Government Ministers today welcomed the release of a marine environment report highlighting the four key issues affecting our oceans, estuaries and coastlines.  The release underlines the importance of government proposals to combat climate pollution, ensure clean freshwater, protect biodiversity, make land use more sustainable, and reduce waste and plastic.    Environment ...
    BeehiveBy beehive.govt.nz
    16 hours ago
  • New mental health facility for Waikato
    The Government has approved funding for a new acute mental health facility for Waikato which will provide better care and support to people with mental health and addiction issues. Prime Minister Jacinda Ardern and Health Minister Dr David Clark announced the $100 million project to replace the aging Henry Rongomau ...
    BeehiveBy beehive.govt.nz
    21 hours ago
  • 500 new te reo Māori champions in our classrooms
    The Government is making progress on its goal to integrate te reo Māori into education by 2025, with over 500 teachers and support staff already graduating from Te Ahu o te Reo Māori,  Associate Education Minister Kelvin Davis announced today. Kelvin Davis made the announcement at an awards ceremony in Waikanae today, for ...
    BeehiveBy beehive.govt.nz
    23 hours ago
  • Minister James Shaw welcomes 2018 Census first release
    Statistics Minister James Shaw has welcomed the first release of 2018 Census data. The first release of data today, 23 September, includes key data on population, regional growth, the number of homes and the size of different ethnic groups in New Zealand. Data from the 2018 Census will support the ...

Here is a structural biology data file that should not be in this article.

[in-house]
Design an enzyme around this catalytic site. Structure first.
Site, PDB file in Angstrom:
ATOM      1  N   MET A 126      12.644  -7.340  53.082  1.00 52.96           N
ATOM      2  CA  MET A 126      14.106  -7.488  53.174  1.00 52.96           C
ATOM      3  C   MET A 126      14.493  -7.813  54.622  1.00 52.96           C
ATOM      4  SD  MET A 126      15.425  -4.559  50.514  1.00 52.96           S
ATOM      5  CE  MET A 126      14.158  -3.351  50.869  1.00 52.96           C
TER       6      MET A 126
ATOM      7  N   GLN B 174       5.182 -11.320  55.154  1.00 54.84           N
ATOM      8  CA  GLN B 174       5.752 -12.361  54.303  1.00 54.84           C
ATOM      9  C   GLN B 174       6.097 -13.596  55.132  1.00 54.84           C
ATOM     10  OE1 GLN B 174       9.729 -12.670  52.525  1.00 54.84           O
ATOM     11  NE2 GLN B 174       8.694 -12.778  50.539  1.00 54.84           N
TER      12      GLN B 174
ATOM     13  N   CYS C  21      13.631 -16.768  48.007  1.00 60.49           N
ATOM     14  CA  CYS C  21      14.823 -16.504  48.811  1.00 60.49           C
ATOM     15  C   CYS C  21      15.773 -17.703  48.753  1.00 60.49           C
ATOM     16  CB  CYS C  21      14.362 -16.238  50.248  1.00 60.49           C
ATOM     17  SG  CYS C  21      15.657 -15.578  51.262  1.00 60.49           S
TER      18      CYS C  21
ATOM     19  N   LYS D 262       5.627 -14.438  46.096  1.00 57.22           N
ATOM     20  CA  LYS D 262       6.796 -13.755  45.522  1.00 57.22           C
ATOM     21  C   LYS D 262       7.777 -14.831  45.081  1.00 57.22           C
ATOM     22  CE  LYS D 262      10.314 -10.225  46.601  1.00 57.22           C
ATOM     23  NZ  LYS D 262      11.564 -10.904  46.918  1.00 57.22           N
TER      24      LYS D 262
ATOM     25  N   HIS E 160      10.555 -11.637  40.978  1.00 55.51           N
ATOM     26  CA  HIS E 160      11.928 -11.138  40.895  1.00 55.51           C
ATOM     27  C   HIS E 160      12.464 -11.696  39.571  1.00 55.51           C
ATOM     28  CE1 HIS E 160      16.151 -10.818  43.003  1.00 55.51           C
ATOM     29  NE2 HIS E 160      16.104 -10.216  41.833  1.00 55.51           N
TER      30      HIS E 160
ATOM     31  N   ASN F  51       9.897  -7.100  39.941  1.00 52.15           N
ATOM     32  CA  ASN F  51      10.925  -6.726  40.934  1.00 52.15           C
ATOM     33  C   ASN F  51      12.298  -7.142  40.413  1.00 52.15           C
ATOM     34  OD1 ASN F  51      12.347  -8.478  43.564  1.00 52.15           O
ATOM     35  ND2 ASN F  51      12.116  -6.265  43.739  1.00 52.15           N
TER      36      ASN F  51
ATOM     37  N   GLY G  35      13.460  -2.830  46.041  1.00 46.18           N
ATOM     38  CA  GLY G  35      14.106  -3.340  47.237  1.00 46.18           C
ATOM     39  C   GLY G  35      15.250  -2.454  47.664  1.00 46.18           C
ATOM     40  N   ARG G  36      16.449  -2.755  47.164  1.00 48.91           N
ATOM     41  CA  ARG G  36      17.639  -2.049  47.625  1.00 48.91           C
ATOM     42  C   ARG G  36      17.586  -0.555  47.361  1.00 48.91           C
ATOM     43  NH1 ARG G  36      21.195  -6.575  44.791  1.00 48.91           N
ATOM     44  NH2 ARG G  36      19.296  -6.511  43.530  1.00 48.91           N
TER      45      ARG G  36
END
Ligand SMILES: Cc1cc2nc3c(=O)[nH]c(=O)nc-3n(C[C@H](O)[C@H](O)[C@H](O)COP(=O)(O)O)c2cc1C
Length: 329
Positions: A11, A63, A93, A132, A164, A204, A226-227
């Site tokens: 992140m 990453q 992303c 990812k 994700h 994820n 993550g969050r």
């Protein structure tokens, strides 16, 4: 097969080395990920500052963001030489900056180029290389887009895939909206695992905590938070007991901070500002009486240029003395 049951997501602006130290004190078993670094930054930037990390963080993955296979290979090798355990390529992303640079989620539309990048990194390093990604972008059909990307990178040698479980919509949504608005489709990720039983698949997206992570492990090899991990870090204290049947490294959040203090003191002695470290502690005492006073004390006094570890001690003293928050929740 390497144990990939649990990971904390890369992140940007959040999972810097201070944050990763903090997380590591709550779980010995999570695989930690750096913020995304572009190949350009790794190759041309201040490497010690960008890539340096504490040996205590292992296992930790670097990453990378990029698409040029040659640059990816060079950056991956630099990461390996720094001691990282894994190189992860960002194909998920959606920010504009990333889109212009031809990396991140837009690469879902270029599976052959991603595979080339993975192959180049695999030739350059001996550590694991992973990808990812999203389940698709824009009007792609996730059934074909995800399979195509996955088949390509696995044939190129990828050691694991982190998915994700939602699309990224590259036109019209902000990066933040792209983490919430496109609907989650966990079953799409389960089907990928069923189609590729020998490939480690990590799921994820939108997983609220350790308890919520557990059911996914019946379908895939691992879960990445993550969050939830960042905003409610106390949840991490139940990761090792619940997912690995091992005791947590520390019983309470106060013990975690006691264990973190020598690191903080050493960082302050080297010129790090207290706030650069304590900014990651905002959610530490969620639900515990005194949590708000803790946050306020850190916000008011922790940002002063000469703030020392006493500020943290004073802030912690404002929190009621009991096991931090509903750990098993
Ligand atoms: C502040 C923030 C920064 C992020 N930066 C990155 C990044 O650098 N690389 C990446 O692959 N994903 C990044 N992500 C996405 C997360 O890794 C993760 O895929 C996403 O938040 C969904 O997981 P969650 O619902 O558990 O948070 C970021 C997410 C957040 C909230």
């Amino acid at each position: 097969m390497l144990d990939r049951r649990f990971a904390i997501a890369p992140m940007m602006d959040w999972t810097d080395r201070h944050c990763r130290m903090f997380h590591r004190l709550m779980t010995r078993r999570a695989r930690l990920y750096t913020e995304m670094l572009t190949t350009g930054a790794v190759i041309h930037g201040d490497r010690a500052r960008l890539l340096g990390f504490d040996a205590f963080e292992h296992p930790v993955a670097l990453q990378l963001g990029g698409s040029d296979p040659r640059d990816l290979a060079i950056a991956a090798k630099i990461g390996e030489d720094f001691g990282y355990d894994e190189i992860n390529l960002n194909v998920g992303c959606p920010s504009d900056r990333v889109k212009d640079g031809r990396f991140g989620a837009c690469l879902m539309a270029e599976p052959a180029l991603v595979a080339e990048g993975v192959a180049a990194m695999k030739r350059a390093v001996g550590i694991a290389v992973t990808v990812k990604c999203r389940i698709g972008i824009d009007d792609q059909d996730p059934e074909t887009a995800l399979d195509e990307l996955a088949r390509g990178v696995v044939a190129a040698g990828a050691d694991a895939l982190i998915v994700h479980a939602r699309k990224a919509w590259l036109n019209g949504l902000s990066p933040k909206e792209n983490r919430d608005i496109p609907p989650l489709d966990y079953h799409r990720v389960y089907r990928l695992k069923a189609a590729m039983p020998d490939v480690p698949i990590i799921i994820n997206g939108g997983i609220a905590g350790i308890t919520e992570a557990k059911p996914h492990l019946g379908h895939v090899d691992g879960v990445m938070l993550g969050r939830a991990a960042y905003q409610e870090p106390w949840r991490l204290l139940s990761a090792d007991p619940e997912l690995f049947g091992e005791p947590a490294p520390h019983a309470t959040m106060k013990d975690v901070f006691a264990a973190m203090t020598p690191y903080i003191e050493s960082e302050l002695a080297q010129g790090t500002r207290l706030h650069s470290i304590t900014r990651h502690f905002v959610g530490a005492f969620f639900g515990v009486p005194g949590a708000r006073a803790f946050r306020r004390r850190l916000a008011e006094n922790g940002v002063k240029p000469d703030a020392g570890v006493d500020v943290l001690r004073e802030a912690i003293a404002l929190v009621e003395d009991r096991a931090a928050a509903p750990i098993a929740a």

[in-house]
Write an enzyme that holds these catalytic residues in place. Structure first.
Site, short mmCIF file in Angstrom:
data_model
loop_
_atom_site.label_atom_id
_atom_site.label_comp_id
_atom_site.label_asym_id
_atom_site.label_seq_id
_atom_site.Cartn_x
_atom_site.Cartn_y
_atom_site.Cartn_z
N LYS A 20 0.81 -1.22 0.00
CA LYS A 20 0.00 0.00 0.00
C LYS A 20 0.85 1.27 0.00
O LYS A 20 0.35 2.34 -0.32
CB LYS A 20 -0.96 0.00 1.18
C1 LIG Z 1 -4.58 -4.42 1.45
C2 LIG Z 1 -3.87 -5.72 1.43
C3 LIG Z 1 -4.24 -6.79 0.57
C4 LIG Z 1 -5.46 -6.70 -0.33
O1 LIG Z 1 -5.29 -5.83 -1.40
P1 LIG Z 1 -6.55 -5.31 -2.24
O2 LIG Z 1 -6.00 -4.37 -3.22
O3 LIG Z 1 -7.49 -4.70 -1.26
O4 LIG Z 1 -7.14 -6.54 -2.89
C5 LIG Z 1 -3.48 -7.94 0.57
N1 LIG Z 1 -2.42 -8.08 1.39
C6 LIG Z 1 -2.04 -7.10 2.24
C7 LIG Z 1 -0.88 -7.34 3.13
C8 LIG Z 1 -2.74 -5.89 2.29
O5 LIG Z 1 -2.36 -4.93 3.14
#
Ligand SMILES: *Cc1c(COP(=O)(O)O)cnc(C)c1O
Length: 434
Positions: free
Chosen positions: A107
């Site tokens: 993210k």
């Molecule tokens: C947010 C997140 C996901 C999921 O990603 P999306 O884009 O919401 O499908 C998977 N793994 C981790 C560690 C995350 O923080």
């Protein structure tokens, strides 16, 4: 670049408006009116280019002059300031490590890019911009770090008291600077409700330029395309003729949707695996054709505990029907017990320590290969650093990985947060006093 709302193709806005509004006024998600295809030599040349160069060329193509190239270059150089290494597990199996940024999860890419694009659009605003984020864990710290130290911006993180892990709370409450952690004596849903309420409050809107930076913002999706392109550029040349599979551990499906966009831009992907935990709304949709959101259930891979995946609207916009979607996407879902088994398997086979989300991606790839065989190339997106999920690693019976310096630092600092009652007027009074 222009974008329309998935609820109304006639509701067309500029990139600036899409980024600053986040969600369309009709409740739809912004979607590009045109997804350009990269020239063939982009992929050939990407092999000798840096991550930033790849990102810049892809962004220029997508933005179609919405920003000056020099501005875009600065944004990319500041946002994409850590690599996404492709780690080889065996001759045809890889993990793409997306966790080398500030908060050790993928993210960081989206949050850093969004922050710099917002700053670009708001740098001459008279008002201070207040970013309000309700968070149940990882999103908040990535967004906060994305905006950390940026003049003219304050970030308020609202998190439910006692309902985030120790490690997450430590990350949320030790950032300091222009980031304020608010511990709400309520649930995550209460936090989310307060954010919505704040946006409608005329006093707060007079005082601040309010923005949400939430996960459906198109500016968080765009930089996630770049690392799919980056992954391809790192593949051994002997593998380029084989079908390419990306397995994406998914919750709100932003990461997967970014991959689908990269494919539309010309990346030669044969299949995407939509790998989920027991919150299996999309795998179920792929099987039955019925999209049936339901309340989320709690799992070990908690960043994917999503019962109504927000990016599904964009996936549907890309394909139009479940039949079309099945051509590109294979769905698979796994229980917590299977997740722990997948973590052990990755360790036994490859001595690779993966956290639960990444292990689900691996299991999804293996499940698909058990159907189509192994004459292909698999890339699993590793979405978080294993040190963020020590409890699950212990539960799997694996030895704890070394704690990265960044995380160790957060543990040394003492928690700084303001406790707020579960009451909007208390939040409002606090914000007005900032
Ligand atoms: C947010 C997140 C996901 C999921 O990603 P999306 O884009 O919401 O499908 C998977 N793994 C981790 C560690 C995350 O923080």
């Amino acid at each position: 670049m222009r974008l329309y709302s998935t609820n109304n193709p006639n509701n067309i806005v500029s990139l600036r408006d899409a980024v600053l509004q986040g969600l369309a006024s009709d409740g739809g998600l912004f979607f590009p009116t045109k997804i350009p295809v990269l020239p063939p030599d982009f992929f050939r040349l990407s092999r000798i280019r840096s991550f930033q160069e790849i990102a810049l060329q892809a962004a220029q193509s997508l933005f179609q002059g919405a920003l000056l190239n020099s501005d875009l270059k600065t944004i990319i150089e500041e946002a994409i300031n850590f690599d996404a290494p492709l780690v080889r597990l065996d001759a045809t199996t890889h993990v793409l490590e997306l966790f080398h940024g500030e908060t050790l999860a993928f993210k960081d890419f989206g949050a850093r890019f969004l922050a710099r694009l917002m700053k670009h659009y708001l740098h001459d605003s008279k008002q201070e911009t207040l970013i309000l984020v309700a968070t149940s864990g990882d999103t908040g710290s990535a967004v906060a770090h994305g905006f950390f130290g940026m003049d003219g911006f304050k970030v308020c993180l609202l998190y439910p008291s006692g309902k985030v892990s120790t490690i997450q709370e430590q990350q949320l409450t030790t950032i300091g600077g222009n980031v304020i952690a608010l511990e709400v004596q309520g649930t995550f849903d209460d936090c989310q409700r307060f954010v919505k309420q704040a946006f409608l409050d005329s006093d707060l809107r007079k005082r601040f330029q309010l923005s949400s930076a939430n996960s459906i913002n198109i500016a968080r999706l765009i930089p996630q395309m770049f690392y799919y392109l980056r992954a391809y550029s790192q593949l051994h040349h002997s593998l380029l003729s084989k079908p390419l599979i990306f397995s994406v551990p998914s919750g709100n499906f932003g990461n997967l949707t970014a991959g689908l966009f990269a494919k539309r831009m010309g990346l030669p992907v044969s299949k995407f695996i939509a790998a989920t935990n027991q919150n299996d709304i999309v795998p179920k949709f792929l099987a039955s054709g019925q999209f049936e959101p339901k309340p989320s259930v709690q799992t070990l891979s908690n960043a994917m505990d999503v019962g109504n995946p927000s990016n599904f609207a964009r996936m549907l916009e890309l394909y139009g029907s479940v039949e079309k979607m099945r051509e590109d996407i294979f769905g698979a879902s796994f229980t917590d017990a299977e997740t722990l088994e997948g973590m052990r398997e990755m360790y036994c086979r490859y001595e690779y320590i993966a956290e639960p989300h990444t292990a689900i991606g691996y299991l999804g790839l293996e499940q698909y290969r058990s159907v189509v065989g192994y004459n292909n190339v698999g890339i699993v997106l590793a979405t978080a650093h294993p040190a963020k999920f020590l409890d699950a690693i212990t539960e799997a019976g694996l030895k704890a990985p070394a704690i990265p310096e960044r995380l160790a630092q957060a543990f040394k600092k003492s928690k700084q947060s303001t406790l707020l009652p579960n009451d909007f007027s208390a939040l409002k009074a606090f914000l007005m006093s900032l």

BeehiveBy beehive.govt.nz
    23 hours ago
  • Driving transparency, ethics and accountability in government use of algorithms
    Minister for Statistics James Shaw today announced a public consultation on a proposed algorithm charter for government agencies. The charter has been developed by the Government Chief Data Steward in response to growing calls for more transparency in government use of data. Computer algorithms – procedures or formulas for solving ...
    BeehiveBy beehive.govt.nz
    23 hours ago
  • New Zealand and the Netherlands working together on climate change
    Agriculture Minister Damien O’Connor, Climate Change Minister James Shaw and visiting Dutch Prime Minister Mark Rutte co-hosted a business roundtable in Auckland this morning focused on working together to address climate change.  “The Netherlands is an important partner for New Zealand. We share a strong agricultural history. Sustainable agribusiness and ...